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Florida lawmakers might take money from college students and give it to gas stations
Lobbyists for stores that sell lottery tickets want Florida leaders to pay them more money — at the expense of funding for education programs like Bright Futures scholarships
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The Florida Legislature may give millions of dollars more in public money to gas stations, convenience stores and supermarkets that sell lottery tickets — at the expense of funding for popular education programs like Bright Futures scholarships.
Legislation has been filed ahead of the 2023 session that would force the Florida Lottery to pay retailers a 6 percent commission on every ticket they sell. That would be a 20 percent increase from the 5 percent cut the Lottery has historically given retailers.
It comes one year after lawmakers slipped a provision into a 126-page budget bill late in the 2022 session that forced the Lottery to raise retailer commissions to 5.75 percent for the current fiscal year, which ends in June.
Permanently bumping Lottery commissions to 6 percent would mean a multimillion-dollar windfall for businesses like Publix, 7-Eleven and Circle K, which sell hundreds of millions of dollars’ worth of lottery tickets every year.
But the legislation — HB 715, sponsored by by Rep. Jim Mooney (R-Islamorada), and SB 1488, sponsored by Sen. Ileana Garcia (R-Miami) — would also leave far less money leftover to send to Florida’s “Educational Enhancement Trust Fund,” which is funded with Lottery profits and pays for things like Bright Futures scholarships, smaller class sizes in public schools, and construction projects at state universities.
That’s according to an analysis the Lottery sent to the Legislature during last year’s session, which turned up in a recent public-records request. The Lottery explicitly warned that giving more money to retailers would mean spending less money on education.
“Retailer commissions are funded by sales, so any increase in commissions would have an impact to EETF,” a Florida Lottery accountant wrote in an email to a Senate staffer.
The Lottery also provided the Legislature with calculations showing that raising retailer commissions from 5 percent per ticket to 6 percent per ticket could cut transfers to the state’s education trust fund by an average of $84 million per year. The analysis was based on five years of recent sales data and near-term sales projections.
That’s roughly the equivalent of 15,000 Bright Futures scholarships.
The temporary commission increase that lawmakers tucked into last year’s budget wasn’t quite as generous. That legislation forced the Lottery to pay retailers to 5.75 percent per ticket, but it also eliminated a 1 percent cashing bonus the Lottery typically pays to retailers when they pay out small-dollar winning tickets to customers.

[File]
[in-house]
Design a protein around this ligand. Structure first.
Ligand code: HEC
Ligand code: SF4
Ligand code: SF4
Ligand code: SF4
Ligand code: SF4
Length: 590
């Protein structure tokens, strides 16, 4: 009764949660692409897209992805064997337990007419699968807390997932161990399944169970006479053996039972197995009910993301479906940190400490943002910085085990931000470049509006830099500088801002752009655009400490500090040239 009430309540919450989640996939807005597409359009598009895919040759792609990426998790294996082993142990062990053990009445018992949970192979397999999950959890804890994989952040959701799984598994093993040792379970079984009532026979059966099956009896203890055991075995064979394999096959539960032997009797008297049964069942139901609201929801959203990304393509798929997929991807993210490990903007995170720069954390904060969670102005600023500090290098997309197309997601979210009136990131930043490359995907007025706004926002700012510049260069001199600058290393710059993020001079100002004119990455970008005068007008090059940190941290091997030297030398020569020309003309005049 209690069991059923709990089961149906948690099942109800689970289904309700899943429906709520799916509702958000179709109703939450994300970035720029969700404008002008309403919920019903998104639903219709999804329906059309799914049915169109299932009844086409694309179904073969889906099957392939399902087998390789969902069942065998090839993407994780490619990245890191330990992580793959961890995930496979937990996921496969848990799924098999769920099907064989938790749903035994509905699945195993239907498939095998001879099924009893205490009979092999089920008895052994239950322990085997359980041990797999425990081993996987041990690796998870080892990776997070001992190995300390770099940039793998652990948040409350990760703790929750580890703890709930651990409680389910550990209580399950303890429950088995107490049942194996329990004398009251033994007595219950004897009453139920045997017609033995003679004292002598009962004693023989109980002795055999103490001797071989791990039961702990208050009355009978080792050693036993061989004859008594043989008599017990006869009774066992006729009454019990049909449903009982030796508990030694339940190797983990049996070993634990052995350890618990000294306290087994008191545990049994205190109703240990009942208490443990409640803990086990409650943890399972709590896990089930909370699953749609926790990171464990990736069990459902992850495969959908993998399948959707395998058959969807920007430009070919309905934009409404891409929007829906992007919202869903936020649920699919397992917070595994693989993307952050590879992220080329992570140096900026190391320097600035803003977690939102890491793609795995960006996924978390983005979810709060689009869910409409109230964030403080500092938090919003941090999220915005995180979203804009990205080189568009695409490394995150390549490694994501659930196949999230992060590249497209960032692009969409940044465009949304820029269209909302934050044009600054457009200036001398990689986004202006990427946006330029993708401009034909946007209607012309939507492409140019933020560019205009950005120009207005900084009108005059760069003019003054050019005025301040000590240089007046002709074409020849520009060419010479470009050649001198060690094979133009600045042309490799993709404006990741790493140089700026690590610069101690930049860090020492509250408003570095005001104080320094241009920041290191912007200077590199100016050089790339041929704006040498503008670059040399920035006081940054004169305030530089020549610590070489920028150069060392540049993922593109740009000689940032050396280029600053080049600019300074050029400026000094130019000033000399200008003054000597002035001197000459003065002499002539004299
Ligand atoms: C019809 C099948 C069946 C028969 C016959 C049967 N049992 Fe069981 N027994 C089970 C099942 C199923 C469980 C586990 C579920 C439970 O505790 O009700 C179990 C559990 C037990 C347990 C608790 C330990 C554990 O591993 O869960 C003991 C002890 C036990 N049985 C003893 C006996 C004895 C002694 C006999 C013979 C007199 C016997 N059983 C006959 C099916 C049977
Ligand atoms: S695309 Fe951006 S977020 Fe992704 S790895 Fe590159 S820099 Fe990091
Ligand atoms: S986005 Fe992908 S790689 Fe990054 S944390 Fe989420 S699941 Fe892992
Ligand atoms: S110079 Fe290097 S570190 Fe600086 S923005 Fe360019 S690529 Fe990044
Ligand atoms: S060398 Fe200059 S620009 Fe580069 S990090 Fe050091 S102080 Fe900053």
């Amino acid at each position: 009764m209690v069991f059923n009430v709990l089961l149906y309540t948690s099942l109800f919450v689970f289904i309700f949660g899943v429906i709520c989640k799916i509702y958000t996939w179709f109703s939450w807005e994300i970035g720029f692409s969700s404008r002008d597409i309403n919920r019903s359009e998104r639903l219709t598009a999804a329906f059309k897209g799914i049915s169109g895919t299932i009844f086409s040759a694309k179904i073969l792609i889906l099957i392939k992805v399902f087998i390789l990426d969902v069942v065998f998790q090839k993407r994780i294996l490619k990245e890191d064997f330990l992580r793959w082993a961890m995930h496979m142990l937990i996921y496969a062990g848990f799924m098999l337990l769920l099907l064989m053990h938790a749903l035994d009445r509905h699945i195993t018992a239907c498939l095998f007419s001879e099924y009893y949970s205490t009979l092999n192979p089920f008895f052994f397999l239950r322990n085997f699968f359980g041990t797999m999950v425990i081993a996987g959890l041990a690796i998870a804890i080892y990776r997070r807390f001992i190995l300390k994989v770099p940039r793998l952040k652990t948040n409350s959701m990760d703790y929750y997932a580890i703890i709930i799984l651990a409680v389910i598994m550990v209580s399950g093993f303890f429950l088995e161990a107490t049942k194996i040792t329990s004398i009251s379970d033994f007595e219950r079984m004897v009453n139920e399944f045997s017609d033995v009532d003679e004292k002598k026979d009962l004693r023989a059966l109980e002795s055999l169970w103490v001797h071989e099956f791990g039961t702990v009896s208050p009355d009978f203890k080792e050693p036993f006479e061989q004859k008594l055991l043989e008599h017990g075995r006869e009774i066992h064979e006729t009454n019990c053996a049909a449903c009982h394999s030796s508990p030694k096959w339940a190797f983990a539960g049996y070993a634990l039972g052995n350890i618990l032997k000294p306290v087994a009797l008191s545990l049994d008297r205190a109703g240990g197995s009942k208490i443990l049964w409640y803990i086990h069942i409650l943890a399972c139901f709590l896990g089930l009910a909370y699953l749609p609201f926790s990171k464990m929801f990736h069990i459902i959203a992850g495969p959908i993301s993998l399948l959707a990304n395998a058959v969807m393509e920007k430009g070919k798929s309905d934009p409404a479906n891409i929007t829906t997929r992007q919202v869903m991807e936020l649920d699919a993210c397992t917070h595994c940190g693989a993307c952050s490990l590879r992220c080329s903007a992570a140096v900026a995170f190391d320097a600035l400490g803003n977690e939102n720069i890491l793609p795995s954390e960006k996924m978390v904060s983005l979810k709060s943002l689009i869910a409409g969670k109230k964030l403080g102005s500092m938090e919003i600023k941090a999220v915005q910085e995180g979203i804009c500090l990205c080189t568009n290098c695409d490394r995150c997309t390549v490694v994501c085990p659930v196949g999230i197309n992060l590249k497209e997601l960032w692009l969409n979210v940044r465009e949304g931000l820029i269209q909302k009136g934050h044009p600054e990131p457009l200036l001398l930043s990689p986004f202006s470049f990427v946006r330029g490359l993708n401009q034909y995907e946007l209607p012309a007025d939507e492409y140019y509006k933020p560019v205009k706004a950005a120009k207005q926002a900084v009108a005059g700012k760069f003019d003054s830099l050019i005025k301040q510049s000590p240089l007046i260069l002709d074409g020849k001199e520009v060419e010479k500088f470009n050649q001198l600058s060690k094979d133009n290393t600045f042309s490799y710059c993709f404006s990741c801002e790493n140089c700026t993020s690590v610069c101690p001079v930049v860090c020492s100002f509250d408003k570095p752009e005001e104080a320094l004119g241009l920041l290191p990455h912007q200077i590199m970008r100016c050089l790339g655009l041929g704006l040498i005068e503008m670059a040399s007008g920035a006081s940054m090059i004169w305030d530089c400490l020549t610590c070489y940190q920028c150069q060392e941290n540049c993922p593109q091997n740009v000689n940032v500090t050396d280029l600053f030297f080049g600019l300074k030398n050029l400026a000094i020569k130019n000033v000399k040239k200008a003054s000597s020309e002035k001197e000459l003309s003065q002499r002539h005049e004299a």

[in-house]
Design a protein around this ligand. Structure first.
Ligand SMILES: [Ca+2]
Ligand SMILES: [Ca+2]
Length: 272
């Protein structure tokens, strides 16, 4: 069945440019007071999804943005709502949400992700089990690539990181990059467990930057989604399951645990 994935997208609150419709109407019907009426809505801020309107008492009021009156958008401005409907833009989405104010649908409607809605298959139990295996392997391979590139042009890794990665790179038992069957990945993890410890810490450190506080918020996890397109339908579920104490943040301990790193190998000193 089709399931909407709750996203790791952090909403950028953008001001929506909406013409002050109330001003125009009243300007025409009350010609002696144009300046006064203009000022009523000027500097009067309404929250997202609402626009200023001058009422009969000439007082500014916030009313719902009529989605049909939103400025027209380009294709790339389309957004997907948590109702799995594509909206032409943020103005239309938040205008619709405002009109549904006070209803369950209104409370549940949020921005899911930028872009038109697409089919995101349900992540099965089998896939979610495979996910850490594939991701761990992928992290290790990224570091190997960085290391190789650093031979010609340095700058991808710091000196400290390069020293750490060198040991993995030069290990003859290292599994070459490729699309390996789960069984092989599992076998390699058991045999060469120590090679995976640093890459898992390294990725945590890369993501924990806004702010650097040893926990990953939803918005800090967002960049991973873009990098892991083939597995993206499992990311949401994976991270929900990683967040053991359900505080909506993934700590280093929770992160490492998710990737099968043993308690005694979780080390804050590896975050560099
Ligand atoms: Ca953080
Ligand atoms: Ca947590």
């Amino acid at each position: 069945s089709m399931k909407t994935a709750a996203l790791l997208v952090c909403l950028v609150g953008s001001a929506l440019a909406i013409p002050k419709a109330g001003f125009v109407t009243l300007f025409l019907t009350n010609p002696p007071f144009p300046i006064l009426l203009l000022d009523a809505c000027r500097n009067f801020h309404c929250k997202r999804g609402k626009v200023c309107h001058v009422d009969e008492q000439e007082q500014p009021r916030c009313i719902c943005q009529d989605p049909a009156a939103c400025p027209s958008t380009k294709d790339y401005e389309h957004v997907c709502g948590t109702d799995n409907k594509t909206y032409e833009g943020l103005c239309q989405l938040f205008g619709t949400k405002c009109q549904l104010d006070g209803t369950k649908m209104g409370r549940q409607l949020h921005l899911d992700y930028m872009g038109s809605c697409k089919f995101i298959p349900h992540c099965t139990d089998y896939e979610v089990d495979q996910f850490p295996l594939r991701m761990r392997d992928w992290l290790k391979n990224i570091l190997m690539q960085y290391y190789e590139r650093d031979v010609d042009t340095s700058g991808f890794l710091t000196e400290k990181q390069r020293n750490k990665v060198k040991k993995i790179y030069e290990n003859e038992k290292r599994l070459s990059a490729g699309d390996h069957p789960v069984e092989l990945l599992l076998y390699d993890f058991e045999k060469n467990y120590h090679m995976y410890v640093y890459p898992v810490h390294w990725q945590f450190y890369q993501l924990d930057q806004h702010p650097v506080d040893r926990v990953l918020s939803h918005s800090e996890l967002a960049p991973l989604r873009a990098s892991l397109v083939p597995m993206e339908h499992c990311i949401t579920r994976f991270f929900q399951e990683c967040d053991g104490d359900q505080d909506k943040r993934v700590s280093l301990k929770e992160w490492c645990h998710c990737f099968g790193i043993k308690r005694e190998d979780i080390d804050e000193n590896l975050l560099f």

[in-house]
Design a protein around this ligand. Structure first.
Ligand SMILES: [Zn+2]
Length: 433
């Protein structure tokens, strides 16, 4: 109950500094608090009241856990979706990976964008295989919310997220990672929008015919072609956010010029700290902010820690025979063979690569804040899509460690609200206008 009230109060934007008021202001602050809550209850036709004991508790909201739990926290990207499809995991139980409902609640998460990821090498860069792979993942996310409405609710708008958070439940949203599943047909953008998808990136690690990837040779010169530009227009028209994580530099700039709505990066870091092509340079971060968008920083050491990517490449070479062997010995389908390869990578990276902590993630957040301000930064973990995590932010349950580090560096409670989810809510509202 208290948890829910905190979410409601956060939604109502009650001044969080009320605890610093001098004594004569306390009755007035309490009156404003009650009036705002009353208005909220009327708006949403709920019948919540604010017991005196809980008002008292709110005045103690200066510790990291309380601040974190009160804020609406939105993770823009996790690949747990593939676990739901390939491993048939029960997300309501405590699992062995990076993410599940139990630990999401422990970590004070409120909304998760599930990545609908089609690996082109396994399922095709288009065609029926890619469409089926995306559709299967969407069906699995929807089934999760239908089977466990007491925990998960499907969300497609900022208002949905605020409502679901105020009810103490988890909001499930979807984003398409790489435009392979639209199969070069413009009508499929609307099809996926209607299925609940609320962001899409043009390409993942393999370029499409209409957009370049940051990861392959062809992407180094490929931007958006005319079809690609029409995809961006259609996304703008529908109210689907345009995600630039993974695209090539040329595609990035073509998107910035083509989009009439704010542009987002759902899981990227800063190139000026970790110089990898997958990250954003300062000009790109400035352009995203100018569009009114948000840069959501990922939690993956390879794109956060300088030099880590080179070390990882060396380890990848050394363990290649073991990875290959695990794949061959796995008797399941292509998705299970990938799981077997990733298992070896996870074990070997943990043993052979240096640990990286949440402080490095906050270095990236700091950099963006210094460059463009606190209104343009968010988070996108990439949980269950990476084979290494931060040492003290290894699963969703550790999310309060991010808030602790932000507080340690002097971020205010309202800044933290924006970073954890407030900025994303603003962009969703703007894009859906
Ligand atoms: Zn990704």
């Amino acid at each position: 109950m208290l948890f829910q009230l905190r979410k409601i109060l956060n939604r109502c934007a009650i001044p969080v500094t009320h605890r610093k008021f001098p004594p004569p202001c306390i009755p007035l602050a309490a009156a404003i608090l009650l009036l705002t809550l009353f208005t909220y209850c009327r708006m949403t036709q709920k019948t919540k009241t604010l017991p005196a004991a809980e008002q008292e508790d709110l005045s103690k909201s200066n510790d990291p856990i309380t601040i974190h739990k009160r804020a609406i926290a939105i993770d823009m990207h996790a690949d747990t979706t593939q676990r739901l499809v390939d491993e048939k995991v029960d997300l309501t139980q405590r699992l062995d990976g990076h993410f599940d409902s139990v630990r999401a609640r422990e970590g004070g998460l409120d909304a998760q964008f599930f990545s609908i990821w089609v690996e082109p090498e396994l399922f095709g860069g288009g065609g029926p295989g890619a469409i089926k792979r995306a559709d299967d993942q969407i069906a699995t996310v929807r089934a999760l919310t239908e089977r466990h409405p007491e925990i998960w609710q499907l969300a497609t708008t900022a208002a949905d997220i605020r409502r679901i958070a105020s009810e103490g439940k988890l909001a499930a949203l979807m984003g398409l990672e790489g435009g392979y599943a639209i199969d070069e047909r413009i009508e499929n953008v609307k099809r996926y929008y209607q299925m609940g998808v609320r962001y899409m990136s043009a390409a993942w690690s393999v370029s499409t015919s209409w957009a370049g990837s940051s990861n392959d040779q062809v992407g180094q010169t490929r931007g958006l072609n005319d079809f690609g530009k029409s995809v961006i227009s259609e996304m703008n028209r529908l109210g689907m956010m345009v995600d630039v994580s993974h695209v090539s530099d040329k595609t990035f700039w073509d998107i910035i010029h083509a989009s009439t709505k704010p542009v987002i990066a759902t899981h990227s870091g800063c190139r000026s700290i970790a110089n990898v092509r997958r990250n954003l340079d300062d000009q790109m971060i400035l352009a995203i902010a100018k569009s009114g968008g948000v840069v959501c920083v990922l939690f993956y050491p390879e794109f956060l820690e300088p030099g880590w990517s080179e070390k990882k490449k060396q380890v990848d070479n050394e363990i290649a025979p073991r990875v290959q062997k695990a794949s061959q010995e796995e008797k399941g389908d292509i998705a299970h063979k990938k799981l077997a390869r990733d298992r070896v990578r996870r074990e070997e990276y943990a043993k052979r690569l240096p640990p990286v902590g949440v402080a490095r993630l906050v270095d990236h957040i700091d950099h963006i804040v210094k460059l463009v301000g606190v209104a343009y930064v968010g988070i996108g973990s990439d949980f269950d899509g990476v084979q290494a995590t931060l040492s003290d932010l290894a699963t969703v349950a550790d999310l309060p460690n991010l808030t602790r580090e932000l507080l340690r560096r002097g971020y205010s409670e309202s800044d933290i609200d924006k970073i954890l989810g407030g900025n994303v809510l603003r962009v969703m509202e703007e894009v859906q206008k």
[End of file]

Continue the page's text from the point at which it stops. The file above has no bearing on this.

The Florida Lottery has repeatedly declined to publicly share any estimated impact from last year’s legislation. But I estimated the change would have made retailers an extra $19.6 million in the previous year, based on an analysis of Lottery commission data. Publix alone would have made an extra $2 million.
Records obtained in a separate request show that the push to raise commissions came from lobbyists representing the Florida Petroleum Marketers Association, a lobbying group for gas stations, and Sunshine Gasoline Distributors, a Miami company that owns around 400 gas stations and is run by a prominent Republican donor.
Campaign-finance records show Sunshine and its affiliated companies have donated more than $300,000 to Florida politicians and political groups in just the past year, including more than $60,000 to the Republican Party of Florida. Sunshine also owns a pair of jets and has provided more than $14,000 worth of free transportation to Gov. Ron DeSantis, who appointed Sunshine’s president to the Florida State University Board of Trustees.
Separate records show that DeSantis staffers worked with lobbyists for Sunshine and other gas stations to weaken a statewide gas-tax holiday held last October, by eliminating any threat of criminal penalties for gas stations who failed to pass tax savings on to drivers.
Industry lobbyists say Florida should pay stores more to sell lottery tickets because their own operating expenses have climbed over the years without any corresponding bump from the state. They also say lotteries in some other states pay more generous commissions.
But the entire point of a commission is to incentivize someone to sell something — and there’s little evidence that the Florida Lottery needs to do more incentivizing. Lottery sales have soared by more than two-thirds over the past eight years, from less than $5.6 billion in 2015 to more than $9.3 billion last year.
And then, of course, there’s the question about whether Florida — or any other state — should be selling a product that preys on low-income communities and serves as a massive upwards redistribution of wealth.
Just one example: A few years ago, the Legislature’s own auditors conducted a deep demographic analysis of the Florida Lottery’s customer base.
The study — by an agency known as the Office of Program Policy Analysis and Government Accountability — found that Floridians living in the state’s most poverty-stricken communities spent 21 percent more than average on lottery tickets.
Floridians living in the state’s wealthiest communities spent 21 percent less than average on lottery tickets.
Here’s an off-the-wall idea: Maybe instead of paying gas stations more money to peddle this stuff, Florida policymakers could stop selling it entirely and find a more equitable way to fund public education?